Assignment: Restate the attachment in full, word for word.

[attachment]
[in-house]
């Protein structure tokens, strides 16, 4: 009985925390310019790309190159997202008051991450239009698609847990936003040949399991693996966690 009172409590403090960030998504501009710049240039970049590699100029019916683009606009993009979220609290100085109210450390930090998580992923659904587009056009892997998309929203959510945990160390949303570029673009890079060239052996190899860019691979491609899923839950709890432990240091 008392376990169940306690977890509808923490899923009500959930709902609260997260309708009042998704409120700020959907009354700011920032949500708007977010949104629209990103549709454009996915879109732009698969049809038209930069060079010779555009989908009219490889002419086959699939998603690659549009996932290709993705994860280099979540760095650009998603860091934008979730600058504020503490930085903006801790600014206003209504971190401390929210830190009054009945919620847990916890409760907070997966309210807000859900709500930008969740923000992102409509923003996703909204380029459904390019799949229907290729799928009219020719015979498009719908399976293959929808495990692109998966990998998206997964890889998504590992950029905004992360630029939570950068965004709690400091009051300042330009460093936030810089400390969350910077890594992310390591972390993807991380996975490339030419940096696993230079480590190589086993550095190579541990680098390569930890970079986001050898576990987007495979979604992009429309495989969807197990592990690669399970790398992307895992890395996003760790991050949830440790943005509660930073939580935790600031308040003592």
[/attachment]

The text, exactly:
[in-house]
């Protein structure tokens, strides 16, 4: 009985925390310019790309190159997202008051991450239009698609847990936003040949399991693996966690 009172409590403090960030998504501009710049240039970049590699100029019916683009606009993009979220609290100085109210450390930090998580992923659904587009056009892997998309929203959510945990160390949303570029673009890079060239052996190899860019691979491609899923839950709890432990240091 008392376990169940306690977890509808923490899923009500959930709902609260997260309708009042998704409120700020959907009354700011920032949500708007977010949104629209990103549709454009996915879109732009698969049809038209930069060079010779555009989908009219490889002419086959699939998603690659549009996932290709993705994860280099979540760095650009998603860091934008979730600058504020503490930085903006801790600014206003209504971190401390929210830190009054009945919620847990916890409760907070997966309210807000859900709500930008969740923000992102409509923003996703909204380029459904390019799949229907290729799928009219020719015979498009719908399976293959929808495990692109998966990998998206997964890889998504590992950029905004992360630029939570950068965004709690400091009051300042330009460093936030810089400390969350910077890594992310390591972390993807991380996975490339030419940096696993230079480590190589086993550095190579541990680098390569930890970079986001050898576990987007495979979604992009429309495989969807197990592990690669399970790398992307895992890395996003760790991050949830440790943005509660930073939580935790600031308040003592």